The Dead of Bangladesh
Supply chains exist to maximize profit for western corporations. The easiest ways to increase profit is to lower labor costs and create environmental hazards. Supply chains do this by outsourcing all the responsibility for producing goods while leaving the western companies legally not responsible for anything that happens, even as they control for cost and quality. It’s a deeply pernicious system at the heart of everything that is evil about capitalism. This leads to the Rana Plaza, where 1,138 workers died to make your clothes. But it also leads to all sorts of other, lesser known, catastrophes. It happened again last week:
Bangladesh is cracking down on chemical warehouses in an historic Dhaka district a week after a fire killed 70 people in buildings used for deodorant and plastics storage, an official said Sunday (Mar 3).
Five task forces led by military officers, police and officials have raided Old Dhaka buildings and cut off utilities to at least 50 buildings in the past three days after chemical warehouses were found in their basement and under floors.
The owners of the buildings have been ordered to relocate the flammable chemicals to safer places outside the capital as part of the initiative launched on Thursday
“We are determined there will be no flammable chemical warehouses in any Old Dhaka residential area,” Dhaka’s mayor Sayeed Khokon told AFP.
He said the drive would continue until Apr 1.
The crackdown is in response to a massive fire which broke out on Feb 21 at Chawkbazar, a 300-year-old historic Old Dhaka district, killing at least 70 people and injuring another 50.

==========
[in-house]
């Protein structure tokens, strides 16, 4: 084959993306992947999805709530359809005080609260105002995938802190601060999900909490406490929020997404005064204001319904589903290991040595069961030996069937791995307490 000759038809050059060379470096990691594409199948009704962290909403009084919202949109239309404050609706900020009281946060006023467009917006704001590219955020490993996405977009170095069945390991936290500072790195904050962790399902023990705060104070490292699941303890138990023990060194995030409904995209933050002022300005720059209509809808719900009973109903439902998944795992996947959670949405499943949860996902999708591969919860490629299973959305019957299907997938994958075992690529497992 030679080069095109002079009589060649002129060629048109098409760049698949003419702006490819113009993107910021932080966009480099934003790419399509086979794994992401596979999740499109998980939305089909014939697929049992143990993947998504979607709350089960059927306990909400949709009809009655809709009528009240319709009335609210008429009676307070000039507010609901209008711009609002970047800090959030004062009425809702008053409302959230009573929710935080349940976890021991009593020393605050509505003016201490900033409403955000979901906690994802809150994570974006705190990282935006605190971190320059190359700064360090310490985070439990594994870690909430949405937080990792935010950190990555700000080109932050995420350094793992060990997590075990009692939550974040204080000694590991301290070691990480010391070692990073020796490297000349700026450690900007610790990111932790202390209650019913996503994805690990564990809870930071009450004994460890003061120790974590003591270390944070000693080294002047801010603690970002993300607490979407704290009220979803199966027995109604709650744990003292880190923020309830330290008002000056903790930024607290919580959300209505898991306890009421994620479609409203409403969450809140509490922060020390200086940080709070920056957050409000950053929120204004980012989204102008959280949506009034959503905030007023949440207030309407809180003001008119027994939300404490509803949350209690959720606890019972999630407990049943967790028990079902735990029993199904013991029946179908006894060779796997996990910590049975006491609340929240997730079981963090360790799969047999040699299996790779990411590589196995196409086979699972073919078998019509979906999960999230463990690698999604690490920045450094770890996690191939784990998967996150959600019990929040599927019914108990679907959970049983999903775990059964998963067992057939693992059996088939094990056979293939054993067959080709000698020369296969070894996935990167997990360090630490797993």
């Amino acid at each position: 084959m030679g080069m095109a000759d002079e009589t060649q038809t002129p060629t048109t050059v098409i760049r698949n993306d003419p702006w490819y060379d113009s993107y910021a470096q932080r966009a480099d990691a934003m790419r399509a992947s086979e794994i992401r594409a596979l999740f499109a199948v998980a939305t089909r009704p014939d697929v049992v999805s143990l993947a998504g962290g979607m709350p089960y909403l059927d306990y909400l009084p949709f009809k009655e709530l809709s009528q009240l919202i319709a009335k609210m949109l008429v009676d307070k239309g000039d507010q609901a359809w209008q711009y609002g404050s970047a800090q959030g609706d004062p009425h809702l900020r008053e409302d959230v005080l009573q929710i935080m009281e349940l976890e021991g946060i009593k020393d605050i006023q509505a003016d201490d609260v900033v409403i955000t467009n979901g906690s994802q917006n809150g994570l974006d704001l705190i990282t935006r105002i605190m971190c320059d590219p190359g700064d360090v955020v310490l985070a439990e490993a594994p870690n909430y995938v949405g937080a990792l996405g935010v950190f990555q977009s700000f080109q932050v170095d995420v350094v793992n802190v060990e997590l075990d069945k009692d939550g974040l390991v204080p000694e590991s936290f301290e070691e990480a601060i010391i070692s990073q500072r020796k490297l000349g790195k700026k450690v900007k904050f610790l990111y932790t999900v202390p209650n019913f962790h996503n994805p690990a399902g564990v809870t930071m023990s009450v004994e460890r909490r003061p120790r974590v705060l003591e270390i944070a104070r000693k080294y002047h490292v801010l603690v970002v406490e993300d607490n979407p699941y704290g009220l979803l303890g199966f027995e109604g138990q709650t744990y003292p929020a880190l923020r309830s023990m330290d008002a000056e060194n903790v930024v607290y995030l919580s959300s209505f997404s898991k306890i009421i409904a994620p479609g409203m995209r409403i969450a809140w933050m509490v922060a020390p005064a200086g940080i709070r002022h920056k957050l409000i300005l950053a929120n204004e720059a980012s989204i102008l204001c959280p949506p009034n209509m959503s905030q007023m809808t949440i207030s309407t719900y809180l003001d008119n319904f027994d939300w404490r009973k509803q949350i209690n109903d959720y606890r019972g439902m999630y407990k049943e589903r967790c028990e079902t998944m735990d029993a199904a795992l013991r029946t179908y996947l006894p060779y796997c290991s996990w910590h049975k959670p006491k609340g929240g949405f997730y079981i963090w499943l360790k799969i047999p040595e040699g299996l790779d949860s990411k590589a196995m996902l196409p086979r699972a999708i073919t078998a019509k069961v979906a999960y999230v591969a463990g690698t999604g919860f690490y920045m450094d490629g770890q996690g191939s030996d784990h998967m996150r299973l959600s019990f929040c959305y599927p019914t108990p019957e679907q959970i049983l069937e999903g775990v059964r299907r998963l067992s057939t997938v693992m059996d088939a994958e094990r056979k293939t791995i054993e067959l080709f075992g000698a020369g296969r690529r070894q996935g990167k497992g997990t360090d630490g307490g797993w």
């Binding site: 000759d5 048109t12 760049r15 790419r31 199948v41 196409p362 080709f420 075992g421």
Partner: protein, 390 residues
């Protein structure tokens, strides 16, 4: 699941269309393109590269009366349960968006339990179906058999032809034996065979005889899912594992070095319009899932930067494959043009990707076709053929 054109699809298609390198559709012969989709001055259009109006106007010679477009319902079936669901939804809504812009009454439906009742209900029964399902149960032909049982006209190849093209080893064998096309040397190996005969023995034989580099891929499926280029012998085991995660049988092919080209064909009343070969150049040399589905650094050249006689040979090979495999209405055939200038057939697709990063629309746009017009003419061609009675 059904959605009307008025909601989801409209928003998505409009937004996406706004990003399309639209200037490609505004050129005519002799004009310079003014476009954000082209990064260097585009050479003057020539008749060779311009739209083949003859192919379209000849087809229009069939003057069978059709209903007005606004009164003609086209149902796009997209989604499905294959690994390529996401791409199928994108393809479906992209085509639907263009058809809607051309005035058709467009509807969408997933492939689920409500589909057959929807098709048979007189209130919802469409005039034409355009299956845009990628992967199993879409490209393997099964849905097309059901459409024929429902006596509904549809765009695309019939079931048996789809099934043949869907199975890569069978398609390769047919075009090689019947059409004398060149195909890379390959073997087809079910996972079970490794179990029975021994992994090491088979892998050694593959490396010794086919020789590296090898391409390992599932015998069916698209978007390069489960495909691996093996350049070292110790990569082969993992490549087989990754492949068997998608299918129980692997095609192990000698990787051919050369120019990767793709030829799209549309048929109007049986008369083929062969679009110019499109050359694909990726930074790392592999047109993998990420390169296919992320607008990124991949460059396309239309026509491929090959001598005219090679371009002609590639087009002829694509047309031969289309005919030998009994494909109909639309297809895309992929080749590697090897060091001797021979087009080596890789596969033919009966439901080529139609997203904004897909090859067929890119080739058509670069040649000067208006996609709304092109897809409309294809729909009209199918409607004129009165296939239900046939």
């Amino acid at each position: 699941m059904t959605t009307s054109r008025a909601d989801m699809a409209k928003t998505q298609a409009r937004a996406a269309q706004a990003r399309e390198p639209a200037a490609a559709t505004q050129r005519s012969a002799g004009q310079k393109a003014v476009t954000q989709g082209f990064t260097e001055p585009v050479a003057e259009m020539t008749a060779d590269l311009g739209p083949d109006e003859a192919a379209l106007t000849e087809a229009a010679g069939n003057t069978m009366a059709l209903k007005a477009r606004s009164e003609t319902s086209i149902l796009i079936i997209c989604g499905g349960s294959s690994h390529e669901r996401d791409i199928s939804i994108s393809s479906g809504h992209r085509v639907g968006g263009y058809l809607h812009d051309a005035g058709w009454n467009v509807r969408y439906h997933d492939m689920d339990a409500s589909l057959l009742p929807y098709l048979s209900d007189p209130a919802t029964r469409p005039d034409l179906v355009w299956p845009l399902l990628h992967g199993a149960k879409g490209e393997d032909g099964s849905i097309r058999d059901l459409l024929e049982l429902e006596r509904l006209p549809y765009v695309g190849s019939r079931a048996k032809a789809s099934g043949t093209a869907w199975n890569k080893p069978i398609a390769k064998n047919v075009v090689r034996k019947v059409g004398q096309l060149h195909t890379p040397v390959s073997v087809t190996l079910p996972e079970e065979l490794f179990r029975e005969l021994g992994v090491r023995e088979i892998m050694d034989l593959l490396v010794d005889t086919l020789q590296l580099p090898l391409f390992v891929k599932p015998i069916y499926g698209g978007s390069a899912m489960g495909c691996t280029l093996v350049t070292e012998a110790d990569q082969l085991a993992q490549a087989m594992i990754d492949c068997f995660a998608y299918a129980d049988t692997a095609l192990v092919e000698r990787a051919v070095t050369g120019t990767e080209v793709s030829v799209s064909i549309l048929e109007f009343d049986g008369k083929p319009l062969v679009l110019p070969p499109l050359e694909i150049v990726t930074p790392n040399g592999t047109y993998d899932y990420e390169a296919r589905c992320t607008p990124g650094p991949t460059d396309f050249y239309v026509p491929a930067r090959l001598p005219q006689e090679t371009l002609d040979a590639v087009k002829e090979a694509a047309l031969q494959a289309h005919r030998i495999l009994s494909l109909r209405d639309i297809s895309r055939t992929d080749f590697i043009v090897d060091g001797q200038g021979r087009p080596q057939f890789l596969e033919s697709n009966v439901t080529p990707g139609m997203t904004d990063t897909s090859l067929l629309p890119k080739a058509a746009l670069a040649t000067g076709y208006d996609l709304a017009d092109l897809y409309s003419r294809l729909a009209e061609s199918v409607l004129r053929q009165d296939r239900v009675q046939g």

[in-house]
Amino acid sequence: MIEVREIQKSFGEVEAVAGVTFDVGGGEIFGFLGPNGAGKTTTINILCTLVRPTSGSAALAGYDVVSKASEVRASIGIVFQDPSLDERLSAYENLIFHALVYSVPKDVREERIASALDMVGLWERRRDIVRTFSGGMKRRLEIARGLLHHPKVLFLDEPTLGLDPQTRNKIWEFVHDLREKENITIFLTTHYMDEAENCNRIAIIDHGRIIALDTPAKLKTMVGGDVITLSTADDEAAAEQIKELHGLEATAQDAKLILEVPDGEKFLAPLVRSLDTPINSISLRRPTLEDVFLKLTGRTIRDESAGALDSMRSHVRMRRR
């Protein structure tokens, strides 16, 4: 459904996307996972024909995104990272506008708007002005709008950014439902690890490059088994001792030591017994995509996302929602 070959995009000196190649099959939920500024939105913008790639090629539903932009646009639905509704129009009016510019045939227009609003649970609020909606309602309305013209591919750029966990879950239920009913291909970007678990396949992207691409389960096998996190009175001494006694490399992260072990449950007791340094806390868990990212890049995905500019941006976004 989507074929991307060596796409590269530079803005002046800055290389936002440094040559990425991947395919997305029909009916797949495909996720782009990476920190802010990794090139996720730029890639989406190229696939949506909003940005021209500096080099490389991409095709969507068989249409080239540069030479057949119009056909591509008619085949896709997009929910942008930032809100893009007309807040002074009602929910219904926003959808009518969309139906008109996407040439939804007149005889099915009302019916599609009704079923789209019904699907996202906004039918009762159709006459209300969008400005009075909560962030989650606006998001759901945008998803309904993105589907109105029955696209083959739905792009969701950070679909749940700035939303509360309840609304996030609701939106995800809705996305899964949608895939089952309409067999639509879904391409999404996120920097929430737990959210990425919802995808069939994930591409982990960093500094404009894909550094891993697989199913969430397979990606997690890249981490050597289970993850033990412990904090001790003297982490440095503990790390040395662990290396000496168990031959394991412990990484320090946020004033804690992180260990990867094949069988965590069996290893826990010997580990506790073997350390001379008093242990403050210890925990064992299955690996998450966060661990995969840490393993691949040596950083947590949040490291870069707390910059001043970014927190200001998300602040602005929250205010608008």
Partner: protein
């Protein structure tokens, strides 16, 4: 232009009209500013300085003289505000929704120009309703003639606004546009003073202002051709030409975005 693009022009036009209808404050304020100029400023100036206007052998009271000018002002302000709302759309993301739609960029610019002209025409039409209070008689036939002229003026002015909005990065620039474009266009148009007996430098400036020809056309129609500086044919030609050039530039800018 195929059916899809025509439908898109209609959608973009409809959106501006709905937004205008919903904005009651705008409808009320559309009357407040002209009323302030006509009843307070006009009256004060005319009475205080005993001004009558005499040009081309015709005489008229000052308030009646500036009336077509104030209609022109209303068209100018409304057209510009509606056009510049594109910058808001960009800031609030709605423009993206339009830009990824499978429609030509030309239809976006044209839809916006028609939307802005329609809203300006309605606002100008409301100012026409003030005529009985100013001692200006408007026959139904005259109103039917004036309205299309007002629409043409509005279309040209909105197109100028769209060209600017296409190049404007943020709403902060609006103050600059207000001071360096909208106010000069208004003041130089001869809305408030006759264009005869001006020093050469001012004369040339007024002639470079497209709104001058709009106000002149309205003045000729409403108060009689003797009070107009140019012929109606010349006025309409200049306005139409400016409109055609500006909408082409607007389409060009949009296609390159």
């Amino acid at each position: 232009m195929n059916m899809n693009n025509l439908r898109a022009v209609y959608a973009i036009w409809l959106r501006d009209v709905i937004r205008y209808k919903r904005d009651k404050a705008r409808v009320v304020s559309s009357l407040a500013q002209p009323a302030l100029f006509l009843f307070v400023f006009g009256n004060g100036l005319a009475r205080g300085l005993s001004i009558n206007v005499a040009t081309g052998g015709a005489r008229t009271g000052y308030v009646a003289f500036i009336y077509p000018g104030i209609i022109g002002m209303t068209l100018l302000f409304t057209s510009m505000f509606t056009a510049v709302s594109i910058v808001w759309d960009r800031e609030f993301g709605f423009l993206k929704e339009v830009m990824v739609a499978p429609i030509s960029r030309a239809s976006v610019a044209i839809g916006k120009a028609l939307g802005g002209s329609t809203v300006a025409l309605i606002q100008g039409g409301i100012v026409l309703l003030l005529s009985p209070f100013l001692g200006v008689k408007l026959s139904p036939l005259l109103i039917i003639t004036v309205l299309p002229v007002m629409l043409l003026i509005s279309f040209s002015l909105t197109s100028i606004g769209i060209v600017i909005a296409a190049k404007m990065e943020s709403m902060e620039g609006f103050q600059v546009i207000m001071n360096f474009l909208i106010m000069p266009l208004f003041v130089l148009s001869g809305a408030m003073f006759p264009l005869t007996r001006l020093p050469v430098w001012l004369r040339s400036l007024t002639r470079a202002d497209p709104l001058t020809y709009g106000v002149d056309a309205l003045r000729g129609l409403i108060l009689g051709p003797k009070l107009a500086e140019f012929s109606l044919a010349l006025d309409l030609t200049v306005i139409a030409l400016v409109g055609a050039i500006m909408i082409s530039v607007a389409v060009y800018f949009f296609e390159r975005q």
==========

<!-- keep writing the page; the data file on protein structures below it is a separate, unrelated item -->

Fire service officials said a warehouse of deodorant and granular plastic in one of the five buildings that caught fire fuelled the inferno, which took more than 12 hours to control.
The disaster recalled a June 2010 fire in the nearby neighbourhood of Nimtoli in which 123 people were killed. Again a blaze ripped through residential buildings that doubled as chemical warehouses.
Residents said chemical storage is a lucrative business in Old Dhaka, which was founded by the Mughals in 1608, where building owners allegedly bribe authorities to turn a blind eye to the stores.
On Saturday, the taskforce faced resistance from Old Dhaka traders, prompting the authorities to halt the drive for several hours. It resumed after intervention by the mayor.
Now, obviously there’s a lot the story is not telling us and the situation is complex. Bangladeshi custom does not make this sort of unsafe storage unacceptable, whatever the laws might be, leading to sporadic enforcement at best. That’s clearly a problem. And the story doesn’t say to what extent these companies are engaged in global supply chains. But they almost certainly are, as this makes up a huge part of the Bangladeshi economy. And the lower ends of the supply chains are a complete mess, made up of all sorts of small operators that do some really terrible things. Whoever may be sourcing these chemicals have intentionally created a system where they can claim to have no knowledge of what is happening in Bangladesh. That is simply unacceptable. We must create a system by which any company using those chemicals need to be held legally accountable for these deaths. There are lots of ways to acquire the necessary chemicals for producing goods. People don’t have to die. We should not allow such a system to exist. I have laid out an outline on how to move forward on global trade and supply chains, issues neither the left or liberals are not taking seriously enough.